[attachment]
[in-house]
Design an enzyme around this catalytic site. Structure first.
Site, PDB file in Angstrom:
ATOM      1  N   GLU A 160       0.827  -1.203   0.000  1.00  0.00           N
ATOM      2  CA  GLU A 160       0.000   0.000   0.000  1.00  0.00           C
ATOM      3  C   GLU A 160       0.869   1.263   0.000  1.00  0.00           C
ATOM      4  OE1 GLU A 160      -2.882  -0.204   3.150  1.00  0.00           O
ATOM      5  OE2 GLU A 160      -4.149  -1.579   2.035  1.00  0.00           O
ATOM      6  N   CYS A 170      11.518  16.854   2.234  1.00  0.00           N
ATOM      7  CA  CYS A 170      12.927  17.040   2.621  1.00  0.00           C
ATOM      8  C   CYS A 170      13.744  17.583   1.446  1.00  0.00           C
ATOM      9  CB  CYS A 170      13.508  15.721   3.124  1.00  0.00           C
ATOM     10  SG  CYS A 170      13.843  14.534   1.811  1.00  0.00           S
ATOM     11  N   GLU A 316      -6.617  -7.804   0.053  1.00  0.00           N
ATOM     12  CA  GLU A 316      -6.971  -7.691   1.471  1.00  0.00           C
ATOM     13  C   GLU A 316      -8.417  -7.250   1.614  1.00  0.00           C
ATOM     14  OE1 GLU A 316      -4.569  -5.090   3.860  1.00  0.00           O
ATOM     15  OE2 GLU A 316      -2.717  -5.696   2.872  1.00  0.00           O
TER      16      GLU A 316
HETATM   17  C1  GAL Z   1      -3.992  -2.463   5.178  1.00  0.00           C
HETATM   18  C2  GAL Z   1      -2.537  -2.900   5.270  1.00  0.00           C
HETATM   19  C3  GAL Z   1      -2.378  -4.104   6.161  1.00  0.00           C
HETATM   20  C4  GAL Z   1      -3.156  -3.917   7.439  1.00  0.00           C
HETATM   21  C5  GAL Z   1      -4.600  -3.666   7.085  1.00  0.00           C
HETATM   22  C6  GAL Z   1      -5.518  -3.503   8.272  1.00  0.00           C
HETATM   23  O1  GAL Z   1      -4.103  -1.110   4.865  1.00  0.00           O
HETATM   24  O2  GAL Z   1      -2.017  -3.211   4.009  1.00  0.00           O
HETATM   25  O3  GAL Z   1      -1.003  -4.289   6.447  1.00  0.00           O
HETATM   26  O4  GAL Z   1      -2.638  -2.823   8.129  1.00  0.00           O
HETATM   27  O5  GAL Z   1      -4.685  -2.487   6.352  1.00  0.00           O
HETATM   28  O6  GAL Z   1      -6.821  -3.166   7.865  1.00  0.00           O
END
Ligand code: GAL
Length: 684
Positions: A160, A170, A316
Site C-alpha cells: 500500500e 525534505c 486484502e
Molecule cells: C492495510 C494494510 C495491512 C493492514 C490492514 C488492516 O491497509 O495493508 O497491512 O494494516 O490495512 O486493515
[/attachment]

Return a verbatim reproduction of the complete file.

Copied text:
[in-house]
Design an enzyme around this catalytic site. Structure first.
Site, PDB file in Angstrom:
ATOM      1  N   GLU A 160       0.827  -1.203   0.000  1.00  0.00           N
ATOM      2  CA  GLU A 160       0.000   0.000   0.000  1.00  0.00           C
ATOM      3  C   GLU A 160       0.869   1.263   0.000  1.00  0.00           C
ATOM      4  OE1 GLU A 160      -2.882  -0.204   3.150  1.00  0.00           O
ATOM      5  OE2 GLU A 160      -4.149  -1.579   2.035  1.00  0.00           O
ATOM      6  N   CYS A 170      11.518  16.854   2.234  1.00  0.00           N
ATOM      7  CA  CYS A 170      12.927  17.040   2.621  1.00  0.00           C
ATOM      8  C   CYS A 170      13.744  17.583   1.446  1.00  0.00           C
ATOM      9  CB  CYS A 170      13.508  15.721   3.124  1.00  0.00           C
ATOM     10  SG  CYS A 170      13.843  14.534   1.811  1.00  0.00           S
ATOM     11  N   GLU A 316      -6.617  -7.804   0.053  1.00  0.00           N
ATOM     12  CA  GLU A 316      -6.971  -7.691   1.471  1.00  0.00           C
ATOM     13  C   GLU A 316      -8.417  -7.250   1.614  1.00  0.00           C
ATOM     14  OE1 GLU A 316      -4.569  -5.090   3.860  1.00  0.00           O
ATOM     15  OE2 GLU A 316      -2.717  -5.696   2.872  1.00  0.00           O
TER      16      GLU A 316
HETATM   17  C1  GAL Z   1      -3.992  -2.463   5.178  1.00  0.00           C
HETATM   18  C2  GAL Z   1      -2.537  -2.900   5.270  1.00  0.00           C
HETATM   19  C3  GAL Z   1      -2.378  -4.104   6.161  1.00  0.00           C
HETATM   20  C4  GAL Z   1      -3.156  -3.917   7.439  1.00  0.00           C
HETATM   21  C5  GAL Z   1      -4.600  -3.666   7.085  1.00  0.00           C
HETATM   22  C6  GAL Z   1      -5.518  -3.503   8.272  1.00  0.00           C
HETATM   23  O1  GAL Z   1      -4.103  -1.110   4.865  1.00  0.00           O
HETATM   24  O2  GAL Z   1      -2.017  -3.211   4.009  1.00  0.00           O
HETATM   25  O3  GAL Z   1      -1.003  -4.289   6.447  1.00  0.00           O
HETATM   26  O4  GAL Z   1      -2.638  -2.823   8.129  1.00  0.00           O
HETATM   27  O5  GAL Z   1      -4.685  -2.487   6.352  1.00  0.00           O
HETATM   28  O6  GAL Z   1      -6.821  -3.166   7.865  1.00  0.00           O
END
Ligand code: GAL
Length: 684
Positions: A160, A170, A316
Site C-alpha cells: 500500500e 525534505c 486484502e
Molecule cells: C492495510 C494494510 C495491512 C493492514 C490492514 C488492516 O491497509 O495493508 O497491512 O494494516 O490495512 O486493515